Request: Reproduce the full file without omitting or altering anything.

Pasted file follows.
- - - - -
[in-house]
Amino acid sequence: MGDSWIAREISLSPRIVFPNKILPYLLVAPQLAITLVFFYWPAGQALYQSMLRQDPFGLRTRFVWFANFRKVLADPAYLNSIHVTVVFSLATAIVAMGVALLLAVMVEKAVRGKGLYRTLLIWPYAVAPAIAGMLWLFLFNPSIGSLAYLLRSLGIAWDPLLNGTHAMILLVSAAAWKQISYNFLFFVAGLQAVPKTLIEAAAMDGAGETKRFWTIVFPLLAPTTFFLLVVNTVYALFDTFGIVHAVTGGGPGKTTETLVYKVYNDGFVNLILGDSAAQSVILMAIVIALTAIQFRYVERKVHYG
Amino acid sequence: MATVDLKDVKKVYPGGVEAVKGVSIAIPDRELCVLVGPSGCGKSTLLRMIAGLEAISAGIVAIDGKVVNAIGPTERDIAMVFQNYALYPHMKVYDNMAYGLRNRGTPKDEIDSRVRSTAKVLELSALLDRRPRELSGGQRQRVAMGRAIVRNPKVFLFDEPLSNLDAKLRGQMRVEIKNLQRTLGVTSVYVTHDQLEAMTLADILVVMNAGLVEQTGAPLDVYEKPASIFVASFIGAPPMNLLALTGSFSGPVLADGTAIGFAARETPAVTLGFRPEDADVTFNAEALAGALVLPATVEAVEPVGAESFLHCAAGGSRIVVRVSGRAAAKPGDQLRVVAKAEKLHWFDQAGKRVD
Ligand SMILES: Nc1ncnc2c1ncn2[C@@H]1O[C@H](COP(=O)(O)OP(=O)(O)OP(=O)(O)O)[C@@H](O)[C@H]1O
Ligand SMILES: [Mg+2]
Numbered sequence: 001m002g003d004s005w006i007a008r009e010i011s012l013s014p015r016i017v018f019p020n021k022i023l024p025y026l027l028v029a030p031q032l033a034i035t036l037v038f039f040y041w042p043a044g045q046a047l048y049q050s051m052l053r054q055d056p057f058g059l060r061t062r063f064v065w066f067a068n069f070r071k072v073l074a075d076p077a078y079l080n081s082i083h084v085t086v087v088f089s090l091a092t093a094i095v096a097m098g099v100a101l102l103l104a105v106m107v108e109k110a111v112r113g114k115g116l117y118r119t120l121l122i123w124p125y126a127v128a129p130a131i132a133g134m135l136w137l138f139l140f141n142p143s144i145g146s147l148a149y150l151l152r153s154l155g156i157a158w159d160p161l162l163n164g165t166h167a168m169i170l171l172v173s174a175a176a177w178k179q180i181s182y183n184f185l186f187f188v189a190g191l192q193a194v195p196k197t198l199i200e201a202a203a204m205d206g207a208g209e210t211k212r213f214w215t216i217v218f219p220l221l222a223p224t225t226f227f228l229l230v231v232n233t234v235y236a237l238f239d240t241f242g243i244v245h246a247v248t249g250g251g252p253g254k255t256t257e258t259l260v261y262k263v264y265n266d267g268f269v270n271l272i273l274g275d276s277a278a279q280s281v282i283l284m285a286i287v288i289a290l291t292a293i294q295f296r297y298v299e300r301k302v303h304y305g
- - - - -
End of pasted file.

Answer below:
[in-house]
Amino acid sequence: MGDSWIAREISLSPRIVFPNKILPYLLVAPQLAITLVFFYWPAGQALYQSMLRQDPFGLRTRFVWFANFRKVLADPAYLNSIHVTVVFSLATAIVAMGVALLLAVMVEKAVRGKGLYRTLLIWPYAVAPAIAGMLWLFLFNPSIGSLAYLLRSLGIAWDPLLNGTHAMILLVSAAAWKQISYNFLFFVAGLQAVPKTLIEAAAMDGAGETKRFWTIVFPLLAPTTFFLLVVNTVYALFDTFGIVHAVTGGGPGKTTETLVYKVYNDGFVNLILGDSAAQSVILMAIVIALTAIQFRYVERKVHYG
Amino acid sequence: MATVDLKDVKKVYPGGVEAVKGVSIAIPDRELCVLVGPSGCGKSTLLRMIAGLEAISAGIVAIDGKVVNAIGPTERDIAMVFQNYALYPHMKVYDNMAYGLRNRGTPKDEIDSRVRSTAKVLELSALLDRRPRELSGGQRQRVAMGRAIVRNPKVFLFDEPLSNLDAKLRGQMRVEIKNLQRTLGVTSVYVTHDQLEAMTLADILVVMNAGLVEQTGAPLDVYEKPASIFVASFIGAPPMNLLALTGSFSGPVLADGTAIGFAARETPAVTLGFRPEDADVTFNAEALAGALVLPATVEAVEPVGAESFLHCAAGGSRIVVRVSGRAAAKPGDQLRVVAKAEKLHWFDQAGKRVD
Ligand SMILES: Nc1ncnc2c1ncn2[C@@H]1O[C@H](COP(=O)(O)OP(=O)(O)OP(=O)(O)O)[C@@H](O)[C@H]1O
Ligand SMILES: [Mg+2]
Numbered sequence: 001m002g003d004s005w006i007a008r009e010i011s012l013s014p015r016i017v018f019p020n021k022i023l024p025y026l027l028v029a030p031q032l033a034i035t036l037v038f039f040y041w042p043a044g045q046a047l048y049q050s051m052l053r054q055d056p057f058g059l060r061t062r063f064v065w066f067a068n069f070r071k072v073l074a075d076p077a078y079l080n081s082i083h084v085t086v087v088f089s090l091a092t093a094i095v096a097m098g099v100a101l102l103l104a105v106m107v108e109k110a111v112r113g114k115g116l117y118r119t120l121l122i123w124p125y126a127v128a129p130a131i132a133g134m135l136w137l138f139l140f141n142p143s144i145g146s147l148a149y150l151l152r153s154l155g156i157a158w159d160p161l162l163n164g165t166h167a168m169i170l171l172v173s174a175a176a177w178k179q180i181s182y183n184f185l186f187f188v189a190g191l192q193a194v195p196k197t198l199i200e201a202a203a204m205d206g207a208g209e210t211k212r213f214w215t216i217v218f219p220l221l222a223p224t225t226f227f228l229l230v231v232n233t234v235y236a237l238f239d240t241f242g243i244v245h246a247v248t249g250g251g252p253g254k255t256t257e258t259l260v261y262k263v264y265n266d267g268f269v270n271l272i273l274g275d276s277a278a279q280s281v282i283l284m285a286i287v288i289a290l291t292a293i294q295f296r297y298v299e300r301k302v303h304y305g